stressing the importance of preserving the free functioning
of the exchange markets. Emboffs stressed the need for the
GODR to make clear its measures and intentions in order to
prevent the gathering alarm. Presidential Technical
Secretary Despradel, in a late afternoon visit to the
Embassy, told Ambassador that in response the government had
thought of issuing a message from the cabinet, but had
settled on a communique from the Central Bank as more
appropriate and easier to complete. He subsequently faxed
the version to the Embassy. To be released tomorrow,
December 4, it emphasizes the GODR adherence to the aim of
free competition in a properly regulated market and advises
of the intention to investigation financial irregularities
such as money laundering. The communique does not address
the "agreed" rate in the market. (See informal translation
below.)

COMMENT

10. (C) Mejia's measures were a triumph of political
grandstanding and a unsustainable approach to the exchange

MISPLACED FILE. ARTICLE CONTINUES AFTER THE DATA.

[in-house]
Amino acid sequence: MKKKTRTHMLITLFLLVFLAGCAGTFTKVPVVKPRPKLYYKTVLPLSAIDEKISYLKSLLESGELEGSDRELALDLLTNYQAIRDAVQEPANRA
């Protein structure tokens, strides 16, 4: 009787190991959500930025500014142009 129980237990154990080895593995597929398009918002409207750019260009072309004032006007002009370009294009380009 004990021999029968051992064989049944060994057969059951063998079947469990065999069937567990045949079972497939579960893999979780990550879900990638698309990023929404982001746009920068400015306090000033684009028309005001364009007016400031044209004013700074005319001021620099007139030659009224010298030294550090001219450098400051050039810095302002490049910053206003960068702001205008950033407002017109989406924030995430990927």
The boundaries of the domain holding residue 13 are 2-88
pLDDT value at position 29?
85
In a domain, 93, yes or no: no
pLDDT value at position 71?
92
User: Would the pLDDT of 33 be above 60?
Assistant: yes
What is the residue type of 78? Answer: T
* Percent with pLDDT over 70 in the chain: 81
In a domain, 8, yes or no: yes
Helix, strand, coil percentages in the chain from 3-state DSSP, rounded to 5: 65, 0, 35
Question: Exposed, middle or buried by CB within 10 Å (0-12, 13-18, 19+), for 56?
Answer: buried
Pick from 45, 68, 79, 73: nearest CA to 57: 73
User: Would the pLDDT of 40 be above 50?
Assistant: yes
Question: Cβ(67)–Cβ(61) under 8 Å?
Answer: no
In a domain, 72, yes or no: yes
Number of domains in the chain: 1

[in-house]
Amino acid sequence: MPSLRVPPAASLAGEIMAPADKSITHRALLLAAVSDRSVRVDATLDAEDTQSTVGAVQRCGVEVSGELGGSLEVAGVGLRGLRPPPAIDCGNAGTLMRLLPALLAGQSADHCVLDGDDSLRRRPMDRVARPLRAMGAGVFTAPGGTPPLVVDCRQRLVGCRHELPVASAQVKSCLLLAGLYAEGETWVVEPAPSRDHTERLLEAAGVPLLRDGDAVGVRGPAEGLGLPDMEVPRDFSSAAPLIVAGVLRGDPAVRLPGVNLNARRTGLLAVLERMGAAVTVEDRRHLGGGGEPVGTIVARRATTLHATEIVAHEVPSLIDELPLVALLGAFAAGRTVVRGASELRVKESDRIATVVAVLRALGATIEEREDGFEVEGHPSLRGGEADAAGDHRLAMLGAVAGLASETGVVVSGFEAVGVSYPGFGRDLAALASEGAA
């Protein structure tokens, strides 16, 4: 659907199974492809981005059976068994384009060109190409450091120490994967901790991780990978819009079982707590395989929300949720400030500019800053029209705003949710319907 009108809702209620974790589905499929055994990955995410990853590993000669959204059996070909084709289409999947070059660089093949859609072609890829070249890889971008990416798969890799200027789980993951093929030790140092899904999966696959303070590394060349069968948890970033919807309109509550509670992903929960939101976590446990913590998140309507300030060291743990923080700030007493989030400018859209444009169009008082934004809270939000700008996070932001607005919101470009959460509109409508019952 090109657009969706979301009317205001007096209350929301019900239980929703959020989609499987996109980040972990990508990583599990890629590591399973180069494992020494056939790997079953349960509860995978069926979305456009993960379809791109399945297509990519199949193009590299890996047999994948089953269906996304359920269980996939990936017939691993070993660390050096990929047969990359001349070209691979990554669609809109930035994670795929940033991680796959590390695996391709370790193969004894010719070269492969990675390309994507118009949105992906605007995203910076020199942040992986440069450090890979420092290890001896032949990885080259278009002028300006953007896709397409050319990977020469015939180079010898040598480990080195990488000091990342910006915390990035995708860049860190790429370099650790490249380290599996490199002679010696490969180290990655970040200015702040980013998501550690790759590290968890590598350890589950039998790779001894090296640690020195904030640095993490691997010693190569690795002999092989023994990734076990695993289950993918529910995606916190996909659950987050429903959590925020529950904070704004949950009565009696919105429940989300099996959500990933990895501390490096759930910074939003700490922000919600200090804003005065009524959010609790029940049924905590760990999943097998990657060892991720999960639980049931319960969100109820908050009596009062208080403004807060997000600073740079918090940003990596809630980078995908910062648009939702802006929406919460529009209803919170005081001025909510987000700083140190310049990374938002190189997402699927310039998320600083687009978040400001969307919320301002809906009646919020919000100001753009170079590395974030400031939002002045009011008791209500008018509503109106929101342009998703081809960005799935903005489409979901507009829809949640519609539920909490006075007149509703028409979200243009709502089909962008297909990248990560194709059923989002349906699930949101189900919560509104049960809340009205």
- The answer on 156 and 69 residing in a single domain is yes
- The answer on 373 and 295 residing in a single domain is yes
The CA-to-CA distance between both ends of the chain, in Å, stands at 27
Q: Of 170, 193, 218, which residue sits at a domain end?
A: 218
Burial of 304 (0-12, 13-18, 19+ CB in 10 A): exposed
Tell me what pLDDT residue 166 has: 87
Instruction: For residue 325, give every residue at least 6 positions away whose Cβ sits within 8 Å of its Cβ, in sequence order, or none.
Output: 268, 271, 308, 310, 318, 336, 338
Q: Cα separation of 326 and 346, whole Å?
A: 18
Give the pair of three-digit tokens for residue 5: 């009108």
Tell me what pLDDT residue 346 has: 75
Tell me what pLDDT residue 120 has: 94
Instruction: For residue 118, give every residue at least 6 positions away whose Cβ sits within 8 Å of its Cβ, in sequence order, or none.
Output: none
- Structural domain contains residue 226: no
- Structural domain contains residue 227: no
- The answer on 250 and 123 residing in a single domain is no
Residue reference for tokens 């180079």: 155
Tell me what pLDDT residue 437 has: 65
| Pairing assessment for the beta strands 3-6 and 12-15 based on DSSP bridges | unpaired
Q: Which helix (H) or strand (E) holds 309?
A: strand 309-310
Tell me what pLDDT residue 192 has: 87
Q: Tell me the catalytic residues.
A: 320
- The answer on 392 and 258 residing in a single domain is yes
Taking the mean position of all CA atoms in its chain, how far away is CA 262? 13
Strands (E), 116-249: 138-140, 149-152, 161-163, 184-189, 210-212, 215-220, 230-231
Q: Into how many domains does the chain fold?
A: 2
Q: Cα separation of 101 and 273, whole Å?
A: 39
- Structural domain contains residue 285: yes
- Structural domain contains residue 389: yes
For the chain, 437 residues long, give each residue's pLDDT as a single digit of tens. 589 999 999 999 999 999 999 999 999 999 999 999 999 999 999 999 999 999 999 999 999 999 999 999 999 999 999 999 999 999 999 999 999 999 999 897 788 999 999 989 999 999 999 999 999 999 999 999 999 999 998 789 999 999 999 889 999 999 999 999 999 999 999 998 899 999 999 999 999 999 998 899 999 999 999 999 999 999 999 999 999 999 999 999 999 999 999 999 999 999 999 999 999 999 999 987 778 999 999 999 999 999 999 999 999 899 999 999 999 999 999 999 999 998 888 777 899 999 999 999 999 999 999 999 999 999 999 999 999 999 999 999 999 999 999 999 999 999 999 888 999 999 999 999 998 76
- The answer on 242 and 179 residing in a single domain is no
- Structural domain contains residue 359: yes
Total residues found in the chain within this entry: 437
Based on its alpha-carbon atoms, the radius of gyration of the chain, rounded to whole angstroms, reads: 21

market. A certain amount of clean-up in the sector will do
everyone some good and could yield tax revenues and fines.
But the President's choice of muscle for the committee was,
in our opinion, a grave mistake. The Armed Forces have no
technical competencies in this area, other than the
intelligence operations of last week to scout out the
location of unlicensed exchange houses. And Mejia's
appointment of Police General Pedro Candelier is a heavy
handed, empty threat of force. (NOTE: Candelier was
notorious for corruption and for tolerating extrajudicial
police killings during his tenure as National Police Chief.)

11. (SBU) Begin text of informal translation of Central Bank
communique to be released on December 4:

- - - - - - - - - - - - - - - - - - - - - - - - - - - - - - -

-
CENTRAL BANK COMMUNIQUE TO THE NATION

The Central Bank and the Banking Supervision authorities wish
to inform the public concerning the outcome of the meeting of
Tuesday, December 2, in the presidential palace chaired by
the President of the Republic and attended by the monetary,
fiscal and security authorities as well as representatives of
the banks, exchange houses and private sectors which earn
foreign currency.

1. The reunion of the authorities with the sectors
participating in the exchange market had as its aim the
identification of measures to contribute to an environment
favorable to stabilizing exchange operations and normalizing
their functioning, in conformity with the laws regulating the